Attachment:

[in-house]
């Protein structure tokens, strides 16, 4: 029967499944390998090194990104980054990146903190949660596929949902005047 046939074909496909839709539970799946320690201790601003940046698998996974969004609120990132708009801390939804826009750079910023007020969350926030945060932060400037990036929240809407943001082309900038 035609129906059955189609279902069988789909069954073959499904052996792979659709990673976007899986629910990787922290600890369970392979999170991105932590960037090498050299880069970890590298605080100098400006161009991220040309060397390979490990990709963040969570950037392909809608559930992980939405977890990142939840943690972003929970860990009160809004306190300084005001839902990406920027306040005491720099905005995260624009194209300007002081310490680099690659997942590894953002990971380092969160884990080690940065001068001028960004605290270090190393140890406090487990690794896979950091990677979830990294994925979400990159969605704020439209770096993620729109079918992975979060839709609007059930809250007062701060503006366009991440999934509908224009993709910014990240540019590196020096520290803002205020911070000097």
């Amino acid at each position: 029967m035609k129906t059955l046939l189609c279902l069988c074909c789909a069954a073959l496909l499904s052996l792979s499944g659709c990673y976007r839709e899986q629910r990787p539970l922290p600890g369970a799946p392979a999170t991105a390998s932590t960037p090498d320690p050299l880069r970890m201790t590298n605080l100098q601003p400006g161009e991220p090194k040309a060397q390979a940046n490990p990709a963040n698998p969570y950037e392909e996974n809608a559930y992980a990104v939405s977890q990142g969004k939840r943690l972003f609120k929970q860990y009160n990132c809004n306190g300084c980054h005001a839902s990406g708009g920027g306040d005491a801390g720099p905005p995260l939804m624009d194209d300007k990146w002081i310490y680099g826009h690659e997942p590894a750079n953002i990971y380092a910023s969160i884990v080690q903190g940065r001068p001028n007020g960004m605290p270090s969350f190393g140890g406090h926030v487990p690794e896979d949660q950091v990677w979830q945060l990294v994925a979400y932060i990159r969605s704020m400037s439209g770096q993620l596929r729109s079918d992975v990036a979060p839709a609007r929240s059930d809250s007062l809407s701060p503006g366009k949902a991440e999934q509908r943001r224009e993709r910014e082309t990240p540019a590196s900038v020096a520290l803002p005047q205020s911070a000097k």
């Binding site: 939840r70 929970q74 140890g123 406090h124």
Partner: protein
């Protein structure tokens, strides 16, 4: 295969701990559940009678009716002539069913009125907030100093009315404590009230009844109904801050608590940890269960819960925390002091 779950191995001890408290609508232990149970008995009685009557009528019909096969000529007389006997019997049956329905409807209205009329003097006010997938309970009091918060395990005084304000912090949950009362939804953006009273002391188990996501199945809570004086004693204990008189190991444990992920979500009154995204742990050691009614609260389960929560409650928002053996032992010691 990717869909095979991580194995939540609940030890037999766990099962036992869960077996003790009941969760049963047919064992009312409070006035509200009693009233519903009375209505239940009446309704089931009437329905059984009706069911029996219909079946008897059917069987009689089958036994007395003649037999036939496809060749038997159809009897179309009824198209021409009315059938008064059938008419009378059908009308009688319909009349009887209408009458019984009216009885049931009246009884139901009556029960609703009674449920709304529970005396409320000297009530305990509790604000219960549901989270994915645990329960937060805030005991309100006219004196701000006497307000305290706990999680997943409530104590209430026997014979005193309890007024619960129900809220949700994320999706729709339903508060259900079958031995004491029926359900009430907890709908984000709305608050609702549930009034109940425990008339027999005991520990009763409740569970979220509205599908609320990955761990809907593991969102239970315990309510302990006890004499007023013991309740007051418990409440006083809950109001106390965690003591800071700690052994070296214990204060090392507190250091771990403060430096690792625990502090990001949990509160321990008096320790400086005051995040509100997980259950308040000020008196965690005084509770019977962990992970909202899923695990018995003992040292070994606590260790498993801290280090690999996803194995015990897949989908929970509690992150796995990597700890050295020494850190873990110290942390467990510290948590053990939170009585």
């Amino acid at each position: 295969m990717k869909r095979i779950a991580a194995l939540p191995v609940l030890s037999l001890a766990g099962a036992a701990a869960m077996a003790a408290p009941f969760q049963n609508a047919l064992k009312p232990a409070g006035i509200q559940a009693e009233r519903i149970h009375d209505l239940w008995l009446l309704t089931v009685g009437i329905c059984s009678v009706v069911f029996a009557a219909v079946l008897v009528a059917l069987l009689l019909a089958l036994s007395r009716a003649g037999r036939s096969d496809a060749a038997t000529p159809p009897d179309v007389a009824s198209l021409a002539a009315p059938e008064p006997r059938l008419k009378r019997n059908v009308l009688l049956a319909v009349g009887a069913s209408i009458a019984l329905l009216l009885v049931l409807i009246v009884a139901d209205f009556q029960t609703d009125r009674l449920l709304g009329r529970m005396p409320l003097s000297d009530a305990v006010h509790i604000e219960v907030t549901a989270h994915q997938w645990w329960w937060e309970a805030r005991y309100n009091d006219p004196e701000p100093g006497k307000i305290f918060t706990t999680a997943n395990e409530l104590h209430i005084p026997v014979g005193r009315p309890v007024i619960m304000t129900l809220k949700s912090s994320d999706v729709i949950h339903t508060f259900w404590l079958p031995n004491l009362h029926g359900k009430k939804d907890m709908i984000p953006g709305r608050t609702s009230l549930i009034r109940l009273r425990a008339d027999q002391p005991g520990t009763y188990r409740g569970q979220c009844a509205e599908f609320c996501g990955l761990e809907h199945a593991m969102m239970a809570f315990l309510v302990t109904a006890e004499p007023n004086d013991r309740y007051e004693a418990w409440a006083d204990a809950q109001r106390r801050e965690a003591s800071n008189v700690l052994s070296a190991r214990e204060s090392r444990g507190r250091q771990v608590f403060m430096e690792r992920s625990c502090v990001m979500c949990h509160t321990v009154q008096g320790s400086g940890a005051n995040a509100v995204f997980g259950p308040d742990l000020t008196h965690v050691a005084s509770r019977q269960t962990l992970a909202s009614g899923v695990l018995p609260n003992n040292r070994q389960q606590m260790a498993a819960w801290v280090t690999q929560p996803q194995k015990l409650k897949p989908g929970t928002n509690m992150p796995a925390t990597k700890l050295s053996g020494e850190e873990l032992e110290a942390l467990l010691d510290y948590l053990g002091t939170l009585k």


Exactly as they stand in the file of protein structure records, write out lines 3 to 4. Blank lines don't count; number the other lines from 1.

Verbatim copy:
């Amino acid at each position: 029967m035609k129906t059955l046939l189609c279902l069988c074909c789909a069954a073959l496909l499904s052996l792979s499944g659709c990673y976007r839709e899986q629910r990787p539970l922290p600890g369970a799946p392979a999170t991105a390998s932590t960037p090498d320690p050299l880069r970890m201790t590298n605080l100098q601003p400006g161009e991220p090194k040309a060397q390979a940046n490990p990709a963040n698998p969570y950037e392909e996974n809608a559930y992980a990104v939405s977890q990142g969004k939840r943690l972003f609120k929970q860990y009160n990132c809004n306190g300084c980054h005001a839902s990406g708009g920027g306040d005491a801390g720099p905005p995260l939804m624009d194209d300007k990146w002081i310490y680099g826009h690659e997942p590894a750079n953002i990971y380092a910023s969160i884990v080690q903190g940065r001068p001028n007020g960004m605290p270090s969350f190393g140890g406090h926030v487990p690794e896979d949660q950091v990677w979830q945060l990294v994925a979400y932060i990159r969605s704020m400037s439209g770096q993620l596929r729109s079918d992975v990036a979060p839709a609007r929240s059930d809250s007062l809407s701060p503006g366009k949902a991440e999934q509908r943001r224009e993709r910014e082309t990240p540019a590196s900038v020096a520290l803002p005047q205020s911070a000097k």
């Binding site: 939840r70 929970q74 140890g123 406090h124």